Building women: A project at a time
On Tuesday morning, almost a dozen pencil- and- ruler-wielding young women were gathered around a pile of lumber in the Two Harbors High School wood shop.
There was a debate underway – how was the top piece of wood supposed to be cut? After a minute or two of discussion, and a few glances at the half- finished shed sitting just feet away, the students came to a consensus and began marking the beam.
“They want to learn. They want to build,” shop instructor Kyle Chalupsky said.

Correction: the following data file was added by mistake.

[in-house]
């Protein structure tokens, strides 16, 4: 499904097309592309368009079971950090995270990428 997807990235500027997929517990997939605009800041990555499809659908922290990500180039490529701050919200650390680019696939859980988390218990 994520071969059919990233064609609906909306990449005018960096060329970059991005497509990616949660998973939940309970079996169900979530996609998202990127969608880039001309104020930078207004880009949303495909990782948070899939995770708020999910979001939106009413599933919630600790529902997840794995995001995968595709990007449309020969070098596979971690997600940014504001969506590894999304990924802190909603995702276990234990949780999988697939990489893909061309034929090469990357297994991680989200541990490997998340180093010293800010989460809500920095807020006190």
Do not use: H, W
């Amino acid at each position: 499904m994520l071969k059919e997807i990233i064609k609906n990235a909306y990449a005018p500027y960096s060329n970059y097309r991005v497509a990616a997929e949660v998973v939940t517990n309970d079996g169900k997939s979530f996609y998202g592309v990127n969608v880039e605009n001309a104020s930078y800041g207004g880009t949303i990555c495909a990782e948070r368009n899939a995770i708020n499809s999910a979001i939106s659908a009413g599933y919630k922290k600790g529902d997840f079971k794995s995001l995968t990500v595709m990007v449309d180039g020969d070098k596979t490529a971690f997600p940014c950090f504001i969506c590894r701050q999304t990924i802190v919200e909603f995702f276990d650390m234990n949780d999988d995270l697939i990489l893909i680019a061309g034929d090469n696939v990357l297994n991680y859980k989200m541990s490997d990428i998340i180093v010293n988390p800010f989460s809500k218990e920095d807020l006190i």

Chalupsky is in charge of the all-female construction class, which is in its second year at THHS. Last year, the girls tackled a canoe. This year, they are working on a tool shed for the school’s garden.“I hope by doing it, these ladies get comfortable and take more of these classes,” he said.Showing no signs of discomfort around the heavy machinery in the shop, Stephanie Evanchik put on a pair of safety glasses and lined up the beam in question, expertly slicing a piece off with a circular saw. Breauna Peterson held the board steady and carried it to a nearby table when it was ready.“He makes us do all of the work,” Evanchik said, but she wasn’t complaining.The girls had a variety of answers for what they loved about Chalupsky’s class: “hands-on” and “fun” were the most popular responses.“He never thinks any of our questions are stupid,” Peterson said.The shop teachers aren’t put off by the influx of women. Mike Fitzpatrick teaches courses next door in the metal shop. He said the class is a great way to get more girls into previously male-dominated trades. He said a former THHS student worked her way through all of the metal and woodshop classes and is now aninstructor at Wisconsin Indianhead Technical College. All-girl classes might get more young women to follow in her footsteps.“These classes get more women in the program,” he said, and from there, “the sky’s the limit.”THHS Principal Brett Archer said that jobs in the trades provide good, stable work and he hopes the class inspires more girls to consider giving them a try.“We want the girls to feel like the shop is a place where they should be or could be,” he said. “People can find economic freedom in the trades.”Chalupsky cited quotas in the area that encourage businesses to hire women in careers where they haven’t traditionally been represented – meaning that it’s possible for a qualified woman to get a welding or construction job.“They have awesome opportunities in the trades,” he said.Back in the shop, the girls were discussing design ideas for the front of the shed. They decided that the structure should be accessible to all, including those who use wheelchairs, so a wider door is in order.Though none of the young women expressed enthusiasm for the design phase, they seem to take it in stride as part of seeing the project from start to finish. It’s just one of the lessons that Chalupsky said he hopes his students will carry beyond the classroom.“I try to make (the lessons) applicable to real world experience,” he said. Though a shed is a simple building, he’s encouraging sturdy, complex construction that more resembles the manufacture of a house,so if the girls buy homes in the future, they can tackle their own DIY renovations and draw on the skills they’ve learned at THHS.The class is gaining popularity – while just five girls participated last year, all of them returned this spring and six more joined – Archer said the girls will ultimately decide if the class will continue.This year, it was funded by the Women’s Foundation of Minnesota, an organization that advocates for gender equality. It’s the hope that girls will eventually feel more comfortable in all shop classes; if this year’s students sees a need for the program to continue, it will.The girls are already planning what they’ll do in the shop next year.“Can we weld?” Krysten Linville asked Chalupsky Tuesday, followed by a chorus of agreement and interest from the rest of the class.It’s clear these women are comfortable and skilled in the shop – and ready for more.“They are raring to build,” Chalupsky said.